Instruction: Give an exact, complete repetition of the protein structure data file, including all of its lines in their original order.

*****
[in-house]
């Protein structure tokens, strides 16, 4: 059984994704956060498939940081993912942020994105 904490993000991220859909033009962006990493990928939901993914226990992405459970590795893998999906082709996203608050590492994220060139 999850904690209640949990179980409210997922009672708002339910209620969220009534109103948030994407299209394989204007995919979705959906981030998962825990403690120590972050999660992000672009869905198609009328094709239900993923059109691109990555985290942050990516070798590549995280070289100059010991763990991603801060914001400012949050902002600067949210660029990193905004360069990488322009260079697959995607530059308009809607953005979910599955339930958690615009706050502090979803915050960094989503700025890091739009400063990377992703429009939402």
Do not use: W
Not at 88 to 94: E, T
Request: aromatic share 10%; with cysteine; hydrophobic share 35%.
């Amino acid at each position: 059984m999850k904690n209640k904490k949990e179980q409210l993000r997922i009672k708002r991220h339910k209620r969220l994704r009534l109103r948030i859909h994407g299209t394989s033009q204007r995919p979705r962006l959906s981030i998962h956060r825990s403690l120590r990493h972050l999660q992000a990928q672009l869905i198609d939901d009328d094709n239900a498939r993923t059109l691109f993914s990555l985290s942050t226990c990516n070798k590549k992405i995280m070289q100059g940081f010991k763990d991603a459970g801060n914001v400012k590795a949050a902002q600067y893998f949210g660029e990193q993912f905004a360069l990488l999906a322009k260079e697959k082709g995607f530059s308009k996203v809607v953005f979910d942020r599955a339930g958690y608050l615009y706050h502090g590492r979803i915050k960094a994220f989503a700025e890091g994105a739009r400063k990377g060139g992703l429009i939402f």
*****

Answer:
[in-house]
């Protein structure tokens, strides 16, 4: 059984994704956060498939940081993912942020994105 904490993000991220859909033009962006990493990928939901993914226990992405459970590795893998999906082709996203608050590492994220060139 999850904690209640949990179980409210997922009672708002339910209620969220009534109103948030994407299209394989204007995919979705959906981030998962825990403690120590972050999660992000672009869905198609009328094709239900993923059109691109990555985290942050990516070798590549995280070289100059010991763990991603801060914001400012949050902002600067949210660029990193905004360069990488322009260079697959995607530059308009809607953005979910599955339930958690615009706050502090979803915050960094989503700025890091739009400063990377992703429009939402």
Do not use: W
Not at 88 to 94: E, T
Request: aromatic share 10%; with cysteine; hydrophobic share 35%.
């Amino acid at each position: 059984m999850k904690n209640k904490k949990e179980q409210l993000r997922i009672k708002r991220h339910k209620r969220l994704r009534l109103r948030i859909h994407g299209t394989s033009q204007r995919p979705r962006l959906s981030i998962h956060r825990s403690l120590r990493h972050l999660q992000a990928q672009l869905i198609d939901d009328d094709n239900a498939r993923t059109l691109f993914s990555l985290s942050t226990c990516n070798k590549k992405i995280m070289q100059g940081f010991k763990d991603a459970g801060n914001v400012k590795a949050a902002q600067y893998f949210g660029e990193q993912f905004a360069l990488l999906a322009k260079e697959k082709g995607f530059s308009k996203v809607v953005f979910d942020r599955a339930g958690y608050l615009y706050h502090g590492r979803i915050k960094a994220f989503a700025e890091g994105a739009r400063k990377g060139g992703l429009i939402f």